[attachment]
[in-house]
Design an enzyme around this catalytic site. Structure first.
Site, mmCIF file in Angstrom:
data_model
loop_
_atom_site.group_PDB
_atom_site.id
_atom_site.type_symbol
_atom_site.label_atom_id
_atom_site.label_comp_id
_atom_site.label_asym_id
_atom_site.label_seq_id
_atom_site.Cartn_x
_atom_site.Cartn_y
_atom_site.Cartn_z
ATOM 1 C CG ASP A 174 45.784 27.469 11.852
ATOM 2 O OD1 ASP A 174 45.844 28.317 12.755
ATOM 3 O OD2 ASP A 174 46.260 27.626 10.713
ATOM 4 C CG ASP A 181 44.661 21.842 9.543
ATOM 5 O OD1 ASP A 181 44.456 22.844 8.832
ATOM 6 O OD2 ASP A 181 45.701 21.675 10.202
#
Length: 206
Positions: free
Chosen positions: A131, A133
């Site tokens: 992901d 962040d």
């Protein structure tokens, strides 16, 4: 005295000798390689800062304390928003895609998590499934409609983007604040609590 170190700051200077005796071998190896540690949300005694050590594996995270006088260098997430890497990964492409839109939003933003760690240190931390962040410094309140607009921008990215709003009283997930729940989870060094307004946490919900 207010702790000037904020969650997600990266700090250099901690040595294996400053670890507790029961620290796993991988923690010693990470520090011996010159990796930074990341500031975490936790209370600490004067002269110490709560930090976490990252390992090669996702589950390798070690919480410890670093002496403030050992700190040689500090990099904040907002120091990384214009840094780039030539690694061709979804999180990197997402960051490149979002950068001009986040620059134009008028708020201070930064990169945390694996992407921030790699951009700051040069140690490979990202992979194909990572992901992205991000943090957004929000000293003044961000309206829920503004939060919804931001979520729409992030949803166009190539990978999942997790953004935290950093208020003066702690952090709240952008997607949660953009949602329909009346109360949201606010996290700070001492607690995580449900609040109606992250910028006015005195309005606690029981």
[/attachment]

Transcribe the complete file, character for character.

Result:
[in-house]
Design an enzyme around this catalytic site. Structure first.
Site, mmCIF file in Angstrom:
data_model
loop_
_atom_site.group_PDB
_atom_site.id
_atom_site.type_symbol
_atom_site.label_atom_id
_atom_site.label_comp_id
_atom_site.label_asym_id
_atom_site.label_seq_id
_atom_site.Cartn_x
_atom_site.Cartn_y
_atom_site.Cartn_z
ATOM 1 C CG ASP A 174 45.784 27.469 11.852
ATOM 2 O OD1 ASP A 174 45.844 28.317 12.755
ATOM 3 O OD2 ASP A 174 46.260 27.626 10.713
ATOM 4 C CG ASP A 181 44.661 21.842 9.543
ATOM 5 O OD1 ASP A 181 44.456 22.844 8.832
ATOM 6 O OD2 ASP A 181 45.701 21.675 10.202
#
Length: 206
Positions: free
Chosen positions: A131, A133
């Site tokens: 992901d 962040d």
């Protein structure tokens, strides 16, 4: 005295000798390689800062304390928003895609998590499934409609983007604040609590 170190700051200077005796071998190896540690949300005694050590594996995270006088260098997430890497990964492409839109939003933003760690240190931390962040410094309140607009921008990215709003009283997930729940989870060094307004946490919900 207010702790000037904020969650997600990266700090250099901690040595294996400053670890507790029961620290796993991988923690010693990470520090011996010159990796930074990341500031975490936790209370600490004067002269110490709560930090976490990252390992090669996702589950390798070690919480410890670093002496403030050992700190040689500090990099904040907002120091990384214009840094780039030539690694061709979804999180990197997402960051490149979002950068001009986040620059134009008028708020201070930064990169945390694996992407921030790699951009700051040069140690490979990202992979194909990572992901992205991000943090957004929000000293003044961000309206829920503004939060919804931001979520729409992030949803166009190539990978999942997790953004935290950093208020003066702690952090709240952008997607949660953009949602329909009346109360949201606010996290700070001492607690995580449900609040109606992250910028006015005195309005606690029981």